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Tsvetana Paraskova

Tsvetana Paraskova

Tsvetana is a writer for Oilprice.com with over a decade of experience writing for news outlets such as iNVEZZ and SeeNews. 

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China Just Doubled Oil Shipments To North Korea

After the recent visits of North Korean leader Kim Jong-un to China, Beijing has almost doubled the volume of crude oil pipeline shipments to North Korea, South Korea’s newspaper Chosun Ilbo reported on Thursday, citing a source in Beijing.

The surge in Chinese shipments to North Korea is raising additional concerns that China could undermine the international sanctions against Kim’s regime.

Pipeline volumes of between 30,000 tons to 40,000 tons are enough in the summer to keep the pipeline from China to North Korea unclogged, while this volume is around 80,000 tons in the winter, Chosun Ilbo’s source said. Although it’s summer, China has recently increased the oil flow to the winter levels, the source told the South Korean outlet.

Under the latest United Nations Security Council sanctions regarding oil sales to North Korea from December 2017, North Korea is allowed to import a maximum aggregate amount of 500,000 barrels of all refined oil products for 12 months beginning on January 1, 2018. The sanctions also introduced a limit of 4 million barrels—or 525,000 tons—per a twelve-month period as of 22 December 2017 for the supply, sale, or transfer of crude oil to North Korea.

If China sends 80,000 tons of oil to North Korea every month, this volume already brings the amount to 960,000 tons a year—above the 525,000 tons limit for a 12-month period in the sanctions, Chosun Ilbo argues.

Citing a confidential U.S. report to the UN sanctions committee, the AFP reported last week that the United States asked the UN Security Council to impose an immediate stop to all shipments of refined oil products to North Korea, after finding that Kim Jong-un’s regime had vastly exceeded the UN-restricted quota for oil product imports.

According to the U.S. report to the UN, North Korea received at least 759,793 barrels of oil products between January 1 and May 30, well above the 500,000-barrel annual quota. The supplies have been made via ship-to-ship transfers with North Korean tankers that have called in port at least 89 times, the United States says. The United States also accused China and Russia for keeping oil sales to North Korea.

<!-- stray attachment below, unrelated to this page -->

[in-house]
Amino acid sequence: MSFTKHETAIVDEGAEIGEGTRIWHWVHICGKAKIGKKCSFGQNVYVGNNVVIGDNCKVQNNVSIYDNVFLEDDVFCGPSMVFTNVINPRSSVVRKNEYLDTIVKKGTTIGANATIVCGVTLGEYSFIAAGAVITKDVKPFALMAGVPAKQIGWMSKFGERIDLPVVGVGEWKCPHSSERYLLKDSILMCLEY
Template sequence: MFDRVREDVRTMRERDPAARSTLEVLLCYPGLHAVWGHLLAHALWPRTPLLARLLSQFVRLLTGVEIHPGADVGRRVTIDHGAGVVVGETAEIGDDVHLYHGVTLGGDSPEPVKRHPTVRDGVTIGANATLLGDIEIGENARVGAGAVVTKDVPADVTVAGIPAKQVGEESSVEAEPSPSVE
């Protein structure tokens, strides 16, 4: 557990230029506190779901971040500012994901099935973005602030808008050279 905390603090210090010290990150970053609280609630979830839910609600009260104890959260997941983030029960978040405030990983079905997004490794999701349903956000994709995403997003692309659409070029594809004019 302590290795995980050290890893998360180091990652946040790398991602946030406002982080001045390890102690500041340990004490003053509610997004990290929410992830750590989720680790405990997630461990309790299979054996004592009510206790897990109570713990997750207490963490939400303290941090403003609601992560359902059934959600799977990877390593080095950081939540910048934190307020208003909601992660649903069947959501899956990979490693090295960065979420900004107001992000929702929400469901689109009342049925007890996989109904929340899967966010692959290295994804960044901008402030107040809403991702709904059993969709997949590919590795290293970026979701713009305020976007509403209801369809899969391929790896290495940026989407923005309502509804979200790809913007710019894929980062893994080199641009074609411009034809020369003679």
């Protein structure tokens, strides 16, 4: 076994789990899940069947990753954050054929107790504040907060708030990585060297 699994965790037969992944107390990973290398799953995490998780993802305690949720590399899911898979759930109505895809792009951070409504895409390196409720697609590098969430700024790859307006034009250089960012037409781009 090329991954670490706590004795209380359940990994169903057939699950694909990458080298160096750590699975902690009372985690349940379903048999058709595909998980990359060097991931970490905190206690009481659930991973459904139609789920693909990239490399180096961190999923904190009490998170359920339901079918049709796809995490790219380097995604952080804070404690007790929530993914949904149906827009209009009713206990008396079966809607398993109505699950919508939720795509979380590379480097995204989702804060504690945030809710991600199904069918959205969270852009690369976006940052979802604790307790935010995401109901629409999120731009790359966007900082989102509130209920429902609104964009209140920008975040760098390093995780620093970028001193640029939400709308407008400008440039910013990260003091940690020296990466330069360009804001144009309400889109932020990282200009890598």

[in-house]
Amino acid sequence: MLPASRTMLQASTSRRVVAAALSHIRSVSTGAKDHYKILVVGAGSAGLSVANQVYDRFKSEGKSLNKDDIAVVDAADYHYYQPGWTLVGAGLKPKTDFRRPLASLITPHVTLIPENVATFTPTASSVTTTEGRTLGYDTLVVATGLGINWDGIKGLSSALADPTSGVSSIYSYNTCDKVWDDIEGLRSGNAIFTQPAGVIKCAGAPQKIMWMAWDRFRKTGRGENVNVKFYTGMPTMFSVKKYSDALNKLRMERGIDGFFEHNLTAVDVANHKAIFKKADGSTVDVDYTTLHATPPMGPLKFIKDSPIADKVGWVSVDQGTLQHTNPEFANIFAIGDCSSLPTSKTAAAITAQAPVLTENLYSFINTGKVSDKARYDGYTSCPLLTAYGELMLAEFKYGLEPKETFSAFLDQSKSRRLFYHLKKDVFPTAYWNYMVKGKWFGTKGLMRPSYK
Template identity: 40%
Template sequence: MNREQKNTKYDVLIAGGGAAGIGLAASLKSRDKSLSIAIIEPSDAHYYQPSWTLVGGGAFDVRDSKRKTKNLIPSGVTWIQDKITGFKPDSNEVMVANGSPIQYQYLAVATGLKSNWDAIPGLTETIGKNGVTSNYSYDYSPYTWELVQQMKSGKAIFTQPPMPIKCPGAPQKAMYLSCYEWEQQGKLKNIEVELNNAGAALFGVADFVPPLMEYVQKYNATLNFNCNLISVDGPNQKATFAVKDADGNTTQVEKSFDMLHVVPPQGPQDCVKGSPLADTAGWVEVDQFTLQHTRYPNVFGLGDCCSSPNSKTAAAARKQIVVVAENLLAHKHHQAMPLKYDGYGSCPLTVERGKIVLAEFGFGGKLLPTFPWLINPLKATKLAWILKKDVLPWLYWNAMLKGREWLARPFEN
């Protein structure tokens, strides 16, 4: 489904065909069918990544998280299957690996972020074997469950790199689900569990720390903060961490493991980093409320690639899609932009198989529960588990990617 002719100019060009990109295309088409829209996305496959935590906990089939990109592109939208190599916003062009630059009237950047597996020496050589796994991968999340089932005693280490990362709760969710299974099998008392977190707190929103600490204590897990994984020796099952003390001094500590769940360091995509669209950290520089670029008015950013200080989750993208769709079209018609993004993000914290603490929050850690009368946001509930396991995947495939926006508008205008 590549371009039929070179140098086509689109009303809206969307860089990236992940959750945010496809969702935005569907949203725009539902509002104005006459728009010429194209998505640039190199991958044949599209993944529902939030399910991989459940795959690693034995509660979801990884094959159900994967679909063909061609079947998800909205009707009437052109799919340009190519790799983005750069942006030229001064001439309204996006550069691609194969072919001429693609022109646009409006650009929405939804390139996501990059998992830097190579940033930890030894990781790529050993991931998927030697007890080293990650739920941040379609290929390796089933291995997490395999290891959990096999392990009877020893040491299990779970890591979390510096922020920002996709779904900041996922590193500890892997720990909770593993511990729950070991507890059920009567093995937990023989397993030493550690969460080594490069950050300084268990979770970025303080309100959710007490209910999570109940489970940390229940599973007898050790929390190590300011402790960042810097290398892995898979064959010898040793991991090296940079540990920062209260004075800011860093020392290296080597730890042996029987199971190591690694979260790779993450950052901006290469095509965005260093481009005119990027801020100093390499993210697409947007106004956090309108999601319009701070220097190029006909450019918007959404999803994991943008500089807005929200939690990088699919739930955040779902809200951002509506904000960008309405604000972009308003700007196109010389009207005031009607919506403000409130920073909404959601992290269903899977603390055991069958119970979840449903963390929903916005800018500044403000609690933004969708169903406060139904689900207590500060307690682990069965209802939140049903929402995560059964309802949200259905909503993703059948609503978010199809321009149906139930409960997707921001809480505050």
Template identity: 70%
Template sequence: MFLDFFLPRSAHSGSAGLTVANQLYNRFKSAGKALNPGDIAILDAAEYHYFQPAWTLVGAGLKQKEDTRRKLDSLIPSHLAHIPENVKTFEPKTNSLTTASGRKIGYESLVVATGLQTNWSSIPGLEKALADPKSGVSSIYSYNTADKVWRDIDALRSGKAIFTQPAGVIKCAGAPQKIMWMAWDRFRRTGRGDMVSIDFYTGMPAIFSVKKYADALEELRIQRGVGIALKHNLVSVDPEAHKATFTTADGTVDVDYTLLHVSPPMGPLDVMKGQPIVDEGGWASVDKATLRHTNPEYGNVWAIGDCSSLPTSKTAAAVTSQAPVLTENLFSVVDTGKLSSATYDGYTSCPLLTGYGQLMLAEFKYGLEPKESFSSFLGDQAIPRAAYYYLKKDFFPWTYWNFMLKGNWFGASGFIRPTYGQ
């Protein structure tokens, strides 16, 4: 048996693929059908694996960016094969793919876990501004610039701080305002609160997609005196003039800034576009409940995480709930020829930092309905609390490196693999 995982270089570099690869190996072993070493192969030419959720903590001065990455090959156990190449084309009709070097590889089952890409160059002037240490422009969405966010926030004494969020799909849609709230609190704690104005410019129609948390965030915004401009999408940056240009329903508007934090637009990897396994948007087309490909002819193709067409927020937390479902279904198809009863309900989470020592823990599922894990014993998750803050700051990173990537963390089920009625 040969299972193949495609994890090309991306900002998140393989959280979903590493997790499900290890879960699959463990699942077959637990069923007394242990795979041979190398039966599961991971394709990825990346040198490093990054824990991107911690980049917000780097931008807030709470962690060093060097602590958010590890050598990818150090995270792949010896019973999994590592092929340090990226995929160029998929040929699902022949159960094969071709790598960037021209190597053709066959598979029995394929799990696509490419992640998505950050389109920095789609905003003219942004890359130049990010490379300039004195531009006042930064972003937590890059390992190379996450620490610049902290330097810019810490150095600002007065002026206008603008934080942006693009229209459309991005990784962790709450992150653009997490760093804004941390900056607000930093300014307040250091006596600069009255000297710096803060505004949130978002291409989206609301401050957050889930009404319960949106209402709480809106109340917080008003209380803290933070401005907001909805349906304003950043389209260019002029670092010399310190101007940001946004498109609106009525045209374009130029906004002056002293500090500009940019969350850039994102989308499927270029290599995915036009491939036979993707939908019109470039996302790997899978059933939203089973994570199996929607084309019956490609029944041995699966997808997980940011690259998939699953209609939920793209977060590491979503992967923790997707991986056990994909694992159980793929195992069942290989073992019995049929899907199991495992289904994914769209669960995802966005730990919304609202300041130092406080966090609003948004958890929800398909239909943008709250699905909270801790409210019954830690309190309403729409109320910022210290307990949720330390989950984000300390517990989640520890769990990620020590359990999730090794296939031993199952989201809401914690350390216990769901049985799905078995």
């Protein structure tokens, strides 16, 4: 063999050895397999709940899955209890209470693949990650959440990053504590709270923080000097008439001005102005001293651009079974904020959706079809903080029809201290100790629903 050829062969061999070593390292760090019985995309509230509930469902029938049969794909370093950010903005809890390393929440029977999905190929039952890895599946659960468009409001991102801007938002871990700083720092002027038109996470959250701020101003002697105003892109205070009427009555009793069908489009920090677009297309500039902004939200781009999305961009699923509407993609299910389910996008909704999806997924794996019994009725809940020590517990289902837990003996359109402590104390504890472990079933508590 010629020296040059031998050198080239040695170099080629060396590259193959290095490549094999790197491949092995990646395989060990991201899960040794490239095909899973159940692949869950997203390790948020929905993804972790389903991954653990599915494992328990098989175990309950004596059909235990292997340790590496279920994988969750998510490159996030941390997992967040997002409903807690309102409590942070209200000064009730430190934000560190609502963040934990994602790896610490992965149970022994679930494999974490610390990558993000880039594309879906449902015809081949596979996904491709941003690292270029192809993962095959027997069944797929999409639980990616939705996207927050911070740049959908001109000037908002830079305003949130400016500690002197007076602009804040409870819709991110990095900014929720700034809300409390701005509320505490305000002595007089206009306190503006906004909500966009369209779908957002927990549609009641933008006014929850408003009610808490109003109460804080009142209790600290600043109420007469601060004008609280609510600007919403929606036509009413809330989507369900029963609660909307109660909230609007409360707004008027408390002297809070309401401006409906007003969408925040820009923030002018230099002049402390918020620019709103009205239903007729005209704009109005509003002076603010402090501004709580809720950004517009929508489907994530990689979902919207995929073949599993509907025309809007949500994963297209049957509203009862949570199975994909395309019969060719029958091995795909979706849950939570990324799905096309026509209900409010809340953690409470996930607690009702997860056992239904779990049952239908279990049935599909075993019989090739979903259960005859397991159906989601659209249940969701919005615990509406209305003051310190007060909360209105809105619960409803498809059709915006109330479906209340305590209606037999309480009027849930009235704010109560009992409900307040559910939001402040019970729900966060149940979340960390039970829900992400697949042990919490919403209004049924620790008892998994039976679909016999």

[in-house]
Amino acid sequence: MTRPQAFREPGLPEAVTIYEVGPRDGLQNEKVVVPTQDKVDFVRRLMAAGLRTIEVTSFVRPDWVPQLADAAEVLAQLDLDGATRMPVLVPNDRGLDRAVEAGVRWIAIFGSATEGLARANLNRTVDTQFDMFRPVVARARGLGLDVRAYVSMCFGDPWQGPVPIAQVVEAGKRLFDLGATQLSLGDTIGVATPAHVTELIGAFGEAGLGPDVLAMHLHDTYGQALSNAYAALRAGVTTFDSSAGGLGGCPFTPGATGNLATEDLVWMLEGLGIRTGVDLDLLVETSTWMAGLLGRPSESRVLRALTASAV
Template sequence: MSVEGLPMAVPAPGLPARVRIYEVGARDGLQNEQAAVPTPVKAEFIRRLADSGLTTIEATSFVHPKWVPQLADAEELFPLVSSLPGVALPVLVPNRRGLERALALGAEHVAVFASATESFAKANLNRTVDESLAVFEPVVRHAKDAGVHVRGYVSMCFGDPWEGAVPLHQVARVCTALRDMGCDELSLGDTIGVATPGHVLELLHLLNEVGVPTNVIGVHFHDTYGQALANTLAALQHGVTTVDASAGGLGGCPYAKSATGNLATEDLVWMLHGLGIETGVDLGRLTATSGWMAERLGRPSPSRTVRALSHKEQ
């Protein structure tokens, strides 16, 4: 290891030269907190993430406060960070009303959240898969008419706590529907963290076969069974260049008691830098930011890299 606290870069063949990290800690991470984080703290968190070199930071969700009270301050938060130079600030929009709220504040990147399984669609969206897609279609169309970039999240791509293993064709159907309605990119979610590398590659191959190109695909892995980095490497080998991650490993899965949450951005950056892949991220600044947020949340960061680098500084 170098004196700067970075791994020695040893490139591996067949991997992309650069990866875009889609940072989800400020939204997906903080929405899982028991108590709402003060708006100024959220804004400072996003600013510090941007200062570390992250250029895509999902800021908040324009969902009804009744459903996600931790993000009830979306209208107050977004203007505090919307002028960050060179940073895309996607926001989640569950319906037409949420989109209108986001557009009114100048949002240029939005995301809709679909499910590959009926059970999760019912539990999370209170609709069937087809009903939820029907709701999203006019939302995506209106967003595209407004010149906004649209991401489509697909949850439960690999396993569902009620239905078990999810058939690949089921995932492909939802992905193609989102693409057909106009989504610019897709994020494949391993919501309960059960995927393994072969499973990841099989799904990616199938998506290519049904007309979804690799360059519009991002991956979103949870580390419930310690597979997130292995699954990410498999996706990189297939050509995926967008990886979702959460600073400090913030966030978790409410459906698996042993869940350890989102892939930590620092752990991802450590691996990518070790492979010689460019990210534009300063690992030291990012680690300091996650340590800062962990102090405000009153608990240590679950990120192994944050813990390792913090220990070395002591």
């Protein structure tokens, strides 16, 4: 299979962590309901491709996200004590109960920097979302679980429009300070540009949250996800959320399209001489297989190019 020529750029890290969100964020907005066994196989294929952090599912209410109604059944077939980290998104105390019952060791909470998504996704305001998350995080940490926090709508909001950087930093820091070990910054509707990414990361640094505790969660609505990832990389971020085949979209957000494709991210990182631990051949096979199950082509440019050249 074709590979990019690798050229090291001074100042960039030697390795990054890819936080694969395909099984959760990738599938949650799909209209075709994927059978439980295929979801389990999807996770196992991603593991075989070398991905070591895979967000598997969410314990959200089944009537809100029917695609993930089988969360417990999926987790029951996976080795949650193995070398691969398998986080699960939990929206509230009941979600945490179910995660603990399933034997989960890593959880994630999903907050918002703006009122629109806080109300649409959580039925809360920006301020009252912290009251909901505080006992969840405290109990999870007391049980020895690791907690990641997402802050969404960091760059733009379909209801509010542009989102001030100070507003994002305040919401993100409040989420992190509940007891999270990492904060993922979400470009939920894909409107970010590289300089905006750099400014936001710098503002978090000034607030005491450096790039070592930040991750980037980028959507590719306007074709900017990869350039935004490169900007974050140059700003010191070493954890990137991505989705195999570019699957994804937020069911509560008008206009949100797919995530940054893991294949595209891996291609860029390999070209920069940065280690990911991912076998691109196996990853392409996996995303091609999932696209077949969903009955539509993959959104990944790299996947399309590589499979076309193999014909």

By Tsvetana Paraskova for Oilprice.com

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  • John Brown on July 19 2018 said:
    Once again proof that China doesn't not want NK to denuclearize. That it is cheating on its commitments, and that it wants NK to continue to distract the USA while it continues its belligerence and attempts to gain hegemony in the Pacific. The USA needs to realize that China is double dealing and cannot be trusted. The USA should engage even stronger on the trade front and just ban all imports from China. We might as well deal with China now before its too late.
  • Mamdouh G Salameh on July 19 2018 said:
    If it is proven beyond any shadow of doubt that China has almost doubled the volume of crude oil pipeline shipments to North Korea permitted under Security Council sanctions, then it is merely returning the compliment to the United States against US tariffs against it.

    The United States has been imposing sanctions left and right against countries with which it doesn’t see eye to eye and also breaking international trade agreements as well the nuclear agreement with Iran. If the alleged surge in Chinese shipments to North Korea is raising additional concerns that China could undermine the international sanctions against Kim’s regime, then China could argue that US tariffs against it and against the European Union (EU), Canada, Japan, Mexico and others are also breaking the rules of the WTO and global trade.

    Still I have noted some mistakes in the calculations of the Chinese deliveries of crude oil and refined products. For clarification, a ton of crude oil is equivalent to 7.33 barrels.

    The article says that under the latest United Nations Security Council sanctions regarding oil sales to North Korea from December 2017, North Korea is allowed to import a maximum aggregate amount of 500,000 barrels of all refined oil products for 12 months beginning on January 1, 2018. The sanctions also introduced a limit of 4 million barrels (equivalent to 545,703 tons and not 525,000 tons as mentioned in the article) per a twelve-month period as of 22 December 2017.

    If China sends 80,000 tons of oil to North Korea every month, this volume already brings the amount to 960,000 tons a year—above the 525,000 tons limit (the correct limit is 545,703 and not 525,000 ) or a 12-month period in the sanctions. But there is no proof whatsoever that China has been shipping 80,000 tons of crude oil monthly to North Korea. That claim is based on “if” and not on reality and therefore the total of 960,000 tons is fictional.

    Dr Mamdouh G Salameh
    International Oil Economist
    Visiting Professor of Energy Economics at ESCP Europe Business School, London

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